Fatal NHS negligence about mental health
Rush to get dangerous paranoids out of hospital and back into the community
A year to the day after her world fell apart, Kath Barnard is sitting on the sofa of her comfortable home in Stapleford, Nottingham, clutching a cup of coffee and struggling to comprehend how it could have come to this.
Her son, William, had been a peaceful and affectionate child. But the first sign of problems came at primary school when he struggled to keep up and couldn’t read properly. Aged seven, a psychologist diagnosed severe dyslexia. At 19, having left school three years earlier and drifted from job to job, he sat his mother down and said he was hearing voices and that the neighbours were bugging his flat.
William was prescribed the antipsychotic medication Risperidone, and seemed to improve.
But, by 2006, he stopped taking his medication, withdrew from his family and, paranoid and distressed, spent hours locked in his flat, refusing to answer the door. The family asked for him to be sectioned, to no avail. No one knew quite how bad things were until Kath went to his flat in March 2007 and looked through a window where the curtain had fallen down.
The scene will stay with her forever. DVDs and CDs were hanging from the ceiling and walls. William had blocked sockets and removed light bulbs, believing electricity was wicked. The television was smashed, the fridge upturned and filled with rotting food. Bottles full of liquid, plants, flour and other substances were all over the floor and tables.
“It was soul destroying,” says Kath, 48, an oncology nurse. “You wouldn’t let a dog live like that.”
The authorities “finally listened” to Kath, and William was admitted to Derby City hospital. Six months later, he was released from secure accommodation, under the supervision of Nottinghamshire Healthcare’s Assertive Outreach (AO) team. For a while he seemed to cope but he stopped taking his medication in December 2008, and his condition began to slip alarmingly.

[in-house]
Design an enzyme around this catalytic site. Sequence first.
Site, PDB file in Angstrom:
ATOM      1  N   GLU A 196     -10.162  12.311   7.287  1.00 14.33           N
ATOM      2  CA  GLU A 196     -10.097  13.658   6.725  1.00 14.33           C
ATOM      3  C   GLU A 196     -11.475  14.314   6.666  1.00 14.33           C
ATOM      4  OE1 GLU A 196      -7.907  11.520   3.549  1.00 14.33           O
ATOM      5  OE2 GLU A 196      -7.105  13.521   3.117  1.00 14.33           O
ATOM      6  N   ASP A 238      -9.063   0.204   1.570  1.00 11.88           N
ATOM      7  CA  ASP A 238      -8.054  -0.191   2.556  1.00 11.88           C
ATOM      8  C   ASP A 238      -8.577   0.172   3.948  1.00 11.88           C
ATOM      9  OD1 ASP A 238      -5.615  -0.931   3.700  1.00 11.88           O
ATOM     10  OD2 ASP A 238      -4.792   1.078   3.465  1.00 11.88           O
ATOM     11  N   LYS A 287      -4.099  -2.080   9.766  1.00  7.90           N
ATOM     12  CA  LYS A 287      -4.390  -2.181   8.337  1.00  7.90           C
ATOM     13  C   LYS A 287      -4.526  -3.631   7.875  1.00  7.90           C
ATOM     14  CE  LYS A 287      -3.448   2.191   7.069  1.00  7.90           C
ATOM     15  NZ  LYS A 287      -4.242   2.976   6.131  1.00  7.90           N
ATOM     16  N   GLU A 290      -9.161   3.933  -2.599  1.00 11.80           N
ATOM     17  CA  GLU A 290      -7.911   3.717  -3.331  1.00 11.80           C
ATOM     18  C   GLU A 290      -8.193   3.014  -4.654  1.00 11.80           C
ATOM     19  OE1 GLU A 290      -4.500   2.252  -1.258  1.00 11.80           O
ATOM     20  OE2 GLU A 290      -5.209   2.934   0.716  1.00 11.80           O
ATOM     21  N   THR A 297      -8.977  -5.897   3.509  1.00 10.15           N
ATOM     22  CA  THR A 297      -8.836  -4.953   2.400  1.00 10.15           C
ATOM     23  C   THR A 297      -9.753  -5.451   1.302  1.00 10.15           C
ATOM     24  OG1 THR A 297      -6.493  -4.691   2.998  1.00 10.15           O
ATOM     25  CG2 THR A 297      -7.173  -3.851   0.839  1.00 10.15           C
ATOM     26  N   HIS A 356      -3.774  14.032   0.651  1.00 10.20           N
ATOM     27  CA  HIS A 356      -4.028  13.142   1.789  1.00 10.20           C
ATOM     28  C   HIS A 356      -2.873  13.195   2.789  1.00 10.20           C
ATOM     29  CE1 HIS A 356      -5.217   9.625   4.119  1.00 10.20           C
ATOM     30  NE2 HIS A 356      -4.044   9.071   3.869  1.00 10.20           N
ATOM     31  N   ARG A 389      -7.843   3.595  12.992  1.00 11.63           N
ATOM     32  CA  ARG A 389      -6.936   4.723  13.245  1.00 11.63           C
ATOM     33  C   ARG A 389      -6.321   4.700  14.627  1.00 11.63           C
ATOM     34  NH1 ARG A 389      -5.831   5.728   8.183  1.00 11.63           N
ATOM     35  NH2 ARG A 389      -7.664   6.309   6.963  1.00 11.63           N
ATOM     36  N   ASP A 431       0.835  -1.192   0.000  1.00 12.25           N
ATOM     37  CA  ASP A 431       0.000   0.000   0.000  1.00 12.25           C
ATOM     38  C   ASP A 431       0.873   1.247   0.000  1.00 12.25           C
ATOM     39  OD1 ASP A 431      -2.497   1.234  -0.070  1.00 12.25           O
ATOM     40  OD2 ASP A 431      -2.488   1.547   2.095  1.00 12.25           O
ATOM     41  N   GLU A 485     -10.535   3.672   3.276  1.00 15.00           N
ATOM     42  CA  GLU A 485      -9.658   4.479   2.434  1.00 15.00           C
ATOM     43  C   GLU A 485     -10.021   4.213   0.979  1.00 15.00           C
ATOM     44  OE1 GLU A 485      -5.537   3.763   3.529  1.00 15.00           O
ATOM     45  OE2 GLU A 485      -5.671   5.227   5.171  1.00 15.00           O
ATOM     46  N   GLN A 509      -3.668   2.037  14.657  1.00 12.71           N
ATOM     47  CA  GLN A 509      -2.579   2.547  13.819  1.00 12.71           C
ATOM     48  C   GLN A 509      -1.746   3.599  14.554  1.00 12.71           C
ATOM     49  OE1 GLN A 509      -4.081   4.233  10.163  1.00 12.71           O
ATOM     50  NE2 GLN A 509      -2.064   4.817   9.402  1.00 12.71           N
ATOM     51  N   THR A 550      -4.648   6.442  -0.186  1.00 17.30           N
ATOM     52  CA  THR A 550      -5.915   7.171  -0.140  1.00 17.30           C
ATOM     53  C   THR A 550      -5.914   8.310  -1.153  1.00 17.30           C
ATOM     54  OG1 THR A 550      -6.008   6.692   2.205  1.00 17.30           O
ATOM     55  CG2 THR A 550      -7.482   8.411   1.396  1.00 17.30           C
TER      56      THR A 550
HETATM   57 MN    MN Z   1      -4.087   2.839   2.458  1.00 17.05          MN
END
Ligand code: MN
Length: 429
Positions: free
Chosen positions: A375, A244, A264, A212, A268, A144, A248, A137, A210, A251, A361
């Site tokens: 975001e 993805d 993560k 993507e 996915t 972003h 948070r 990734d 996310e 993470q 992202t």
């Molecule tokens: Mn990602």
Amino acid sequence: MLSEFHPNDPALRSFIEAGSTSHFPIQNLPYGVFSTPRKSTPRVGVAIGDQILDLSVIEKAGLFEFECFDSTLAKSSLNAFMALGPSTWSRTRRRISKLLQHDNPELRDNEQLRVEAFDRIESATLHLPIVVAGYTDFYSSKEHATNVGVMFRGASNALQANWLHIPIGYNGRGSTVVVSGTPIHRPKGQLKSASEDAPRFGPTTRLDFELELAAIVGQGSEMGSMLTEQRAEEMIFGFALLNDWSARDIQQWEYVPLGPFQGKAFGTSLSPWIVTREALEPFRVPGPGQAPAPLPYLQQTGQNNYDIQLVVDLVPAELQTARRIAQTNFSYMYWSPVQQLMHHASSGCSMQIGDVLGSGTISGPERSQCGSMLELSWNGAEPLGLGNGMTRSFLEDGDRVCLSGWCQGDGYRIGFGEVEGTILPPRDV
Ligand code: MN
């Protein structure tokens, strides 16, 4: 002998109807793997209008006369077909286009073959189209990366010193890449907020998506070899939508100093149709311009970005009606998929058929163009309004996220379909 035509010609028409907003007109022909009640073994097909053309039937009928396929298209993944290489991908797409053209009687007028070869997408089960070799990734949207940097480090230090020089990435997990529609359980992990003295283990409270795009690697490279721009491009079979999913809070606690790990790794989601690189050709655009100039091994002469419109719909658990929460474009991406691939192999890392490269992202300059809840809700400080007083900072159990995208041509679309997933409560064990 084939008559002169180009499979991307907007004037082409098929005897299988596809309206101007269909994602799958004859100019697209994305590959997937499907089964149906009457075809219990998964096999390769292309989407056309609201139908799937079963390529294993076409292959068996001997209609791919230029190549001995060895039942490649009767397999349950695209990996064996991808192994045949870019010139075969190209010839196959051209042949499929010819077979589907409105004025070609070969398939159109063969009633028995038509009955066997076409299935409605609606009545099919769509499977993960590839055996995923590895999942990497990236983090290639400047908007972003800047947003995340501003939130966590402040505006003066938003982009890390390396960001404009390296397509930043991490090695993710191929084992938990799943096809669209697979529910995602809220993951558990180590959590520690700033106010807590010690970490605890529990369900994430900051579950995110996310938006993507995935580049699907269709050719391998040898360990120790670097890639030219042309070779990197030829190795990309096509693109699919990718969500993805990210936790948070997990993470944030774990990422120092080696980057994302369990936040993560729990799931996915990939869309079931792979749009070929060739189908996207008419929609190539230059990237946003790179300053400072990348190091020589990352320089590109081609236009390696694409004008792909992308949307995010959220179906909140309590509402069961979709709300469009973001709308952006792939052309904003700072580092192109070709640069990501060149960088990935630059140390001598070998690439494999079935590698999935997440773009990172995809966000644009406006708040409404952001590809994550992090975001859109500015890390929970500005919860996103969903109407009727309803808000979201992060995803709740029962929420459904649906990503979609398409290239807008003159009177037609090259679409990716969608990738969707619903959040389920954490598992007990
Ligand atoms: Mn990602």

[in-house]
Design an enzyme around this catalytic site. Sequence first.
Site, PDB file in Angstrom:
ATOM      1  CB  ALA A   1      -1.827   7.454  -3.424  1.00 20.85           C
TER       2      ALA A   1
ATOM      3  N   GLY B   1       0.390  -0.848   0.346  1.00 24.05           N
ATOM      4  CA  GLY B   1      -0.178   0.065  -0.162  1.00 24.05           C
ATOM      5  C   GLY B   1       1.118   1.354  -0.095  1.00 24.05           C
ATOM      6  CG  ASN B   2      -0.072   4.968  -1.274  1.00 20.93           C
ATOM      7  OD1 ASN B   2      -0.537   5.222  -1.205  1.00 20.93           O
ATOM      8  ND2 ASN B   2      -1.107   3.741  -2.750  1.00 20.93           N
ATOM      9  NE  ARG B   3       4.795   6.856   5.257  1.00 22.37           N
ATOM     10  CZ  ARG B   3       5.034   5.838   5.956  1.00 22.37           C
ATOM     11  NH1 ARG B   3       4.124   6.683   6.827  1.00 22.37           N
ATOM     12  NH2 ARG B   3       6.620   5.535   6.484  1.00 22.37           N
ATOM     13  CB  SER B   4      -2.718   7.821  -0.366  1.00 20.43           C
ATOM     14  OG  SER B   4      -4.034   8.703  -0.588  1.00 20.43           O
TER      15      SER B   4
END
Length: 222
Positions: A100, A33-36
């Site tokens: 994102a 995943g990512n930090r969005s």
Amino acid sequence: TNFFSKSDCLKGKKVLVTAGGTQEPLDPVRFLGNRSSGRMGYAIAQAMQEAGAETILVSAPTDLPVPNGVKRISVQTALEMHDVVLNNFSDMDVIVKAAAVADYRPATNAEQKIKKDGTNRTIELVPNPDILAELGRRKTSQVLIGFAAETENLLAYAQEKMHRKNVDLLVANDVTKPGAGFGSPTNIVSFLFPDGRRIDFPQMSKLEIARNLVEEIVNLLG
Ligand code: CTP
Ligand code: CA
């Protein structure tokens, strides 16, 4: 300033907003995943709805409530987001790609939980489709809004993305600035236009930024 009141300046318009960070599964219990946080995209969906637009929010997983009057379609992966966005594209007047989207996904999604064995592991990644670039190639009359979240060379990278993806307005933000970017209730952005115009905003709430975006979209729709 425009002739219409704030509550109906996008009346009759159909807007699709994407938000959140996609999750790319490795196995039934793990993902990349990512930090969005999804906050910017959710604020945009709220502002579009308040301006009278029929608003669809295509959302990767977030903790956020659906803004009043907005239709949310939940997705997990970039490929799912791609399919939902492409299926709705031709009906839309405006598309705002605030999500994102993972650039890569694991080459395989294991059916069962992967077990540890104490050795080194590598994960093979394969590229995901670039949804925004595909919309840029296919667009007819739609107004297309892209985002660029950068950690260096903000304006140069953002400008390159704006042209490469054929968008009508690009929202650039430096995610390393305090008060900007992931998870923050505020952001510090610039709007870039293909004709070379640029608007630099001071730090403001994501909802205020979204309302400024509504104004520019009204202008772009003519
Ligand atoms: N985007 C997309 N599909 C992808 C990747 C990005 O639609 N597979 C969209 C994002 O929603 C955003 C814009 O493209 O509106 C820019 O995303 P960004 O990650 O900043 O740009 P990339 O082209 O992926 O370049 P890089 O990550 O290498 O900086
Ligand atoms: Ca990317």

Seven months later, on July 24, 2009, William picked up a kitchen knife, left his flat and walked the short distance to his grandparents, John and Mabel McGrath.
John opened the door. William, without saying a word, took one step into the house and plunged the knife into his grandfather. In the space of a few seconds, he stabbed him 56 times and severely injured Mabel.
William, suffering from paranoid schizophrenia, believed the 81-year-old was part of a cult out to terrorise him.
Amid the grief, Kath feels a burning resentment that had the mental health professionals done their jobs, her father would still be alive. Kath’s father, John, had helped bring up her son when her marriage to William’s father, Christopher, a Grenadier Guard, had ended. He played with William and helped him with his passion for taekwondo. Most of all he was a rock of support as William struggled at school.
“Neither deserves what has happened to them, and no one blames Will,” says Kath. “From the moment he first got involved with the NHS mental health teams, they let him down. I blame them for what has happened.”
Kath’s ire might be dismissed as a grieving parent’s determination to apportion blame, were it not for a highly critical report by Nottinghamshire Healthcare NHS Trust. It exposes a catalogue of failings in the system. Central to the case is the work of the AO team; these teams were set up by the Labour government in 1999 in a drive for patients to be treated in the community.
As asylums were closed down, the number of adult beds shrunk from around 67,000 in 1990 to current levels of 26,500.
The role of AO is to provide intensive support for severely mentally ill people who would traditionally have been sectioned. Their role was to see William Barnard fortnightly, to keep him out of hospital and to help him integrate into society.
Despite 30 warnings from his family that his condition was deteriorating, they last gave him his fortnightly injection of Depixol an anti-psychosis drug in December 2008, before he refused to attend appointments and take his medication. In the end, they saw him just four times in six months.
A medical team even visited his flat on that fateful Friday morning, saw blood stains on the handle and bizarre scrawling on the door that “the magic eye is watching”, yet a decision was taken to leave any action until the following week.